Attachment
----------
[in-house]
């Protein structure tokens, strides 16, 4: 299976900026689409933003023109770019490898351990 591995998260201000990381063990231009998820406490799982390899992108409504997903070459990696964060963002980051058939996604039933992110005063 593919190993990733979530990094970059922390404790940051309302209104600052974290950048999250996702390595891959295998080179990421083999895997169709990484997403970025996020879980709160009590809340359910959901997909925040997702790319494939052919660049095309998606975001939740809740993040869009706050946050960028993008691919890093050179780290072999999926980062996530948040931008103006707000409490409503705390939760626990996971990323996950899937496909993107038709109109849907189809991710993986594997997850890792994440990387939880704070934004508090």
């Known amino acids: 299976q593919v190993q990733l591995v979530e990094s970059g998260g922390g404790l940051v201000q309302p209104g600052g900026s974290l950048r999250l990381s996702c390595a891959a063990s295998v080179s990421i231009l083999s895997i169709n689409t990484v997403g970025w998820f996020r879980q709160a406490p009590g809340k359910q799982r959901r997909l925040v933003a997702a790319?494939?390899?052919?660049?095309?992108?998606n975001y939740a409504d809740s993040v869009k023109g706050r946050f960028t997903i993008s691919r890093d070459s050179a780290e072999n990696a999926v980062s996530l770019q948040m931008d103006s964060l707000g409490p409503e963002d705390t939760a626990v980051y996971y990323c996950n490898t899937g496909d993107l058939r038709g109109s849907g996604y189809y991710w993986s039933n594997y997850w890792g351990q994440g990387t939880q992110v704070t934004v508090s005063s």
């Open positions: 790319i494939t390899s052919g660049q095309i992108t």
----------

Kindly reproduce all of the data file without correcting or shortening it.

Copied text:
[in-house]
């Protein structure tokens, strides 16, 4: 299976900026689409933003023109770019490898351990 591995998260201000990381063990231009998820406490799982390899992108409504997903070459990696964060963002980051058939996604039933992110005063 593919190993990733979530990094970059922390404790940051309302209104600052974290950048999250996702390595891959295998080179990421083999895997169709990484997403970025996020879980709160009590809340359910959901997909925040997702790319494939052919660049095309998606975001939740809740993040869009706050946050960028993008691919890093050179780290072999999926980062996530948040931008103006707000409490409503705390939760626990996971990323996950899937496909993107038709109109849907189809991710993986594997997850890792994440990387939880704070934004508090």
């Known amino acids: 299976q593919v190993q990733l591995v979530e990094s970059g998260g922390g404790l940051v201000q309302p209104g600052g900026s974290l950048r999250l990381s996702c390595a891959a063990s295998v080179s990421i231009l083999s895997i169709n689409t990484v997403g970025w998820f996020r879980q709160a406490p009590g809340k359910q799982r959901r997909l925040v933003a997702a790319?494939?390899?052919?660049?095309?992108?998606n975001y939740a409504d809740s993040v869009k023109g706050r946050f960028t997903i993008s691919r890093d070459s050179a780290e072999n990696a999926v980062s996530l770019q948040m931008d103006s964060l707000g409490p409503e963002d705390t939760a626990v980051y996971y990323c996950n490898t899937g496909d993107l058939r038709g109109s849907g996604y189809y991710w993986s039933n594997y997850w890792g351990q994440g990387t939880q992110v704070t934004v508090s005063s």
């Open positions: 790319i494939t390899s052919g660049q095309i992108t």